Sacks Tierney Files Supreme Court Brief in Support of Voting Rights Act
Brief is filed on behalf of the Navajo Nation and Native American voters in defense of the Act’s pre-clearance provision
Sacks Tierney has filed an amicus (“friend of the court”) brief with the U.S. Supreme Court to explain the importance that Section 5 of the federal Voting Rights Act has had in overcoming purposeful efforts to disenfranchise Indian voters. The brief was filed on behalf of the Navajo Nation and several Native American voters in support of the Respondents and Respondent-Intervenors in Shelby County v. Holder.
Shelby County, Alabama, initiated the legal action in an attempt to strike down Section 5 of the Act, which requires certain jurisdictions with long patterns and practices of voting discrimination to “pre-clear” with the U.S. Department of Justice any proposed changes to election laws.
While discrimination against African Americans was a major catalyst for the 48-year-old Voting Rights Act, its protections extend to other minorities, including Hispanics and Native Americans. In the Navajo Nation’s brief, Sacks Tierney attorneys Judith M. Dworkin and Patty A. Ferguson-Bohnee wrote:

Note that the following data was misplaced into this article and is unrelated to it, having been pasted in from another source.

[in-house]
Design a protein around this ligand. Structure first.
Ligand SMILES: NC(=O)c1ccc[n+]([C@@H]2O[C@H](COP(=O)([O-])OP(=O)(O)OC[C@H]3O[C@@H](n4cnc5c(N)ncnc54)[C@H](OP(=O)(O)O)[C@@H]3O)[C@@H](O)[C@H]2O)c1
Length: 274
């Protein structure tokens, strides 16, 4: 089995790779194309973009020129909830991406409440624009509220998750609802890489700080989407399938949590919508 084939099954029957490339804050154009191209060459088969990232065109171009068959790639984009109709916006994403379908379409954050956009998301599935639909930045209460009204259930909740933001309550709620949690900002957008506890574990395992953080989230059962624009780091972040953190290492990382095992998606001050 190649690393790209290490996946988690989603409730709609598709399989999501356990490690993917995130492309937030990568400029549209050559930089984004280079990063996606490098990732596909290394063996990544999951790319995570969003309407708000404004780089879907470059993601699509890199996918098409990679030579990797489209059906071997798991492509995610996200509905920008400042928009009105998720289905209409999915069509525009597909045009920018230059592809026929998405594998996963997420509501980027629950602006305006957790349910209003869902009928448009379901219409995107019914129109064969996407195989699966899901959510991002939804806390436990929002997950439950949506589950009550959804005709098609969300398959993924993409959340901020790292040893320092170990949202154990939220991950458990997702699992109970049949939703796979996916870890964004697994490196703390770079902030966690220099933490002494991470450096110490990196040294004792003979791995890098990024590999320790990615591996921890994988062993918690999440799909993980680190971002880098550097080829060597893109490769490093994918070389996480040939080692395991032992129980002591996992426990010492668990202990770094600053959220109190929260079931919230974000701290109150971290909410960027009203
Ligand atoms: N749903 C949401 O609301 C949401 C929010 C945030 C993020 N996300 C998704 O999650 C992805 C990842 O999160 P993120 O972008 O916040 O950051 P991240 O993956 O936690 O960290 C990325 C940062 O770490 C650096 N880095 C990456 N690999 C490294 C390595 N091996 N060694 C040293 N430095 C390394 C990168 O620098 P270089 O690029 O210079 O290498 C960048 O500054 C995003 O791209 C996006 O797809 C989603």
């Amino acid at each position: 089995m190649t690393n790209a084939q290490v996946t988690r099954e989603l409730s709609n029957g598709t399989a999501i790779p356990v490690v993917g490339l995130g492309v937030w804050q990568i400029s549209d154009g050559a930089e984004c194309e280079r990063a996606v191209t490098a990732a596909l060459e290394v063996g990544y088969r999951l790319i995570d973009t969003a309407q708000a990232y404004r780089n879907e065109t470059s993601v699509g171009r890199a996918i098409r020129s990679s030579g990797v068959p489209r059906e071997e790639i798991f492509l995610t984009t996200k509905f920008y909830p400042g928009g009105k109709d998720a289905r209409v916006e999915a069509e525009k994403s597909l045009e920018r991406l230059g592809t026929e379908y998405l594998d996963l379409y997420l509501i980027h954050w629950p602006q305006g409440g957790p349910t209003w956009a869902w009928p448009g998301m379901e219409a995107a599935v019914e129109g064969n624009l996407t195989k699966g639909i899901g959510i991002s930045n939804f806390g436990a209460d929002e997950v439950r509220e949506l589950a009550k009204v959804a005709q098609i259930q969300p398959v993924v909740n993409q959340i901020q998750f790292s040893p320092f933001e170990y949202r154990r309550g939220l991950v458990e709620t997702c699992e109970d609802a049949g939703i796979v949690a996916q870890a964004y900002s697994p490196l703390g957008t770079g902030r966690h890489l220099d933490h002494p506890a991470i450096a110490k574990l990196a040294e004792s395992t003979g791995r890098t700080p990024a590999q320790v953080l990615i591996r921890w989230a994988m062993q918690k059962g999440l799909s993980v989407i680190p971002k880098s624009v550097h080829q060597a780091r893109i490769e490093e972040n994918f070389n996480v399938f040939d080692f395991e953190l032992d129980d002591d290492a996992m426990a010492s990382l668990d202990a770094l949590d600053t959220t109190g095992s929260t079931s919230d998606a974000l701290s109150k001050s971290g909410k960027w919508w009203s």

Indian people have endured a century of discrimination and overcome new obstacles each generation in order to exercise the right to vote in state and federal elections. Nowhere have these struggles been more prevalent than in the Section 5 covered jurisdictions of Apache, Navajo and Coconino Counties in Arizona, the home of the Navajo Nation.
While passage of the Voting Rights Act in 1965 ended certain means of discrimination, Indians continued to be denied the right to vote through a variety of new strategies. As part of the 2006 reauthorization process, Congress obtained evidence that Indians continued to be disenfranchised by voting schemes, polling place discrimination and ineffective language assistance. The 2006 reauthorization was a legitimate Congressional response to the disenfranchisement. Protected by the Section 5 preclearance, voter registration and turnout have increased, but new challenges have arisen that require continued vigilance. […] The minimal burden required of covered jurisdictions to comply with Section 5 is justified to protect Indian voters.
The Supreme Court is expected to hear arguments in the Shelby County case in late February.